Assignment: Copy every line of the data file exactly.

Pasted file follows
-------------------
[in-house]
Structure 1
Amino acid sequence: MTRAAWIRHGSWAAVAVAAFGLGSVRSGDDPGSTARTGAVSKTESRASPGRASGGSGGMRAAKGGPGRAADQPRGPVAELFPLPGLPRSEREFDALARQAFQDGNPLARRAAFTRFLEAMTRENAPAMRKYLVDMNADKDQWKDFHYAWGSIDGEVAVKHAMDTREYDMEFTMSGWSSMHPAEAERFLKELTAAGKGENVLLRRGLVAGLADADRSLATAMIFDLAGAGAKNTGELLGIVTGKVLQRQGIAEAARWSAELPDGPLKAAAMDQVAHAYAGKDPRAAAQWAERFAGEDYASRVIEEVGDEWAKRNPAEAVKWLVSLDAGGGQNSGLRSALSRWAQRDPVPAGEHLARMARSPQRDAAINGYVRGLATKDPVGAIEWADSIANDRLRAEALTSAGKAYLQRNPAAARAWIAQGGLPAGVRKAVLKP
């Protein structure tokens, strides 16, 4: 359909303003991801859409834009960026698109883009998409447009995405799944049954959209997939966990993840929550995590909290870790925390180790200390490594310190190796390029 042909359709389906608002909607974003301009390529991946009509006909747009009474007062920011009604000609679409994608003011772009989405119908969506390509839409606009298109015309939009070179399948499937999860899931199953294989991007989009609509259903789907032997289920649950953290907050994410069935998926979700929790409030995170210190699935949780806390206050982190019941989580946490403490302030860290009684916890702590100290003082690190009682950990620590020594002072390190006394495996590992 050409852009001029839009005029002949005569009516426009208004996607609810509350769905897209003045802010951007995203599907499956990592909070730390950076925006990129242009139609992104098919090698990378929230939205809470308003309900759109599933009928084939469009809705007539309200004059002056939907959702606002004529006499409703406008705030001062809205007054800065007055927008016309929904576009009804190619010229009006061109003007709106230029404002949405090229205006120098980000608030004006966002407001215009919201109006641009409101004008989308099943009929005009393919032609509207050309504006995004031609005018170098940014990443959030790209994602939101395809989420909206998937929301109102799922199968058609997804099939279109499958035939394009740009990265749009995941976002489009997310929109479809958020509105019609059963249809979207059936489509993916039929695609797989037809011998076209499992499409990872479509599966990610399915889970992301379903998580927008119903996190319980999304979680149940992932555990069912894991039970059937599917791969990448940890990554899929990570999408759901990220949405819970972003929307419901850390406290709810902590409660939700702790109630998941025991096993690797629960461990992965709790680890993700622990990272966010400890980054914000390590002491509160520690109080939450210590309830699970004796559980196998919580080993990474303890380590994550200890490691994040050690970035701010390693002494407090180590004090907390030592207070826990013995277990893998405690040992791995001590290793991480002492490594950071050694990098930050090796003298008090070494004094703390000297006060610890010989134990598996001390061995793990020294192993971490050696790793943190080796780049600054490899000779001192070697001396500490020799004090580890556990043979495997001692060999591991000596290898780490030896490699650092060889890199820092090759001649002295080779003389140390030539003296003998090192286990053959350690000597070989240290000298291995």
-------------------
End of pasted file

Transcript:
[in-house]
Structure 1
Amino acid sequence: MTRAAWIRHGSWAAVAVAAFGLGSVRSGDDPGSTARTGAVSKTESRASPGRASGGSGGMRAAKGGPGRAADQPRGPVAELFPLPGLPRSEREFDALARQAFQDGNPLARRAAFTRFLEAMTRENAPAMRKYLVDMNADKDQWKDFHYAWGSIDGEVAVKHAMDTREYDMEFTMSGWSSMHPAEAERFLKELTAAGKGENVLLRRGLVAGLADADRSLATAMIFDLAGAGAKNTGELLGIVTGKVLQRQGIAEAARWSAELPDGPLKAAAMDQVAHAYAGKDPRAAAQWAERFAGEDYASRVIEEVGDEWAKRNPAEAVKWLVSLDAGGGQNSGLRSALSRWAQRDPVPAGEHLARMARSPQRDAAINGYVRGLATKDPVGAIEWADSIANDRLRAEALTSAGKAYLQRNPAAARAWIAQGGLPAGVRKAVLKP
């Protein structure tokens, strides 16, 4: 359909303003991801859409834009960026698109883009998409447009995405799944049954959209997939966990993840929550995590909290870790925390180790200390490594310190190796390029 042909359709389906608002909607974003301009390529991946009509006909747009009474007062920011009604000609679409994608003011772009989405119908969506390509839409606009298109015309939009070179399948499937999860899931199953294989991007989009609509259903789907032997289920649950953290907050994410069935998926979700929790409030995170210190699935949780806390206050982190019941989580946490403490302030860290009684916890702590100290003082690190009682950990620590020594002072390190006394495996590992 050409852009001029839009005029002949005569009516426009208004996607609810509350769905897209003045802010951007995203599907499956990592909070730390950076925006990129242009139609992104098919090698990378929230939205809470308003309900759109599933009928084939469009809705007539309200004059002056939907959702606002004529006499409703406008705030001062809205007054800065007055927008016309929904576009009804190619010229009006061109003007709106230029404002949405090229205006120098980000608030004006966002407001215009919201109006641009409101004008989308099943009929005009393919032609509207050309504006995004031609005018170098940014990443959030790209994602939101395809989420909206998937929301109102799922199968058609997804099939279109499958035939394009740009990265749009995941976002489009997310929109479809958020509105019609059963249809979207059936489509993916039929695609797989037809011998076209499992499409990872479509599966990610399915889970992301379903998580927008119903996190319980999304979680149940992932555990069912894991039970059937599917791969990448940890990554899929990570999408759901990220949405819970972003929307419901850390406290709810902590409660939700702790109630998941025991096993690797629960461990992965709790680890993700622990990272966010400890980054914000390590002491509160520690109080939450210590309830699970004796559980196998919580080993990474303890380590994550200890490691994040050690970035701010390693002494407090180590004090907390030592207070826990013995277990893998405690040992791995001590290793991480002492490594950071050694990098930050090796003298008090070494004094703390000297006060610890010989134990598996001390061995793990020294192993971490050696790793943190080796780049600054490899000779001192070697001396500490020799004090580890556990043979495997001692060999591991000596290898780490030896490699650092060889890199820092090759001649002295080779003389140390030539003296003998090192286990053959350690000597070989240290000298291995």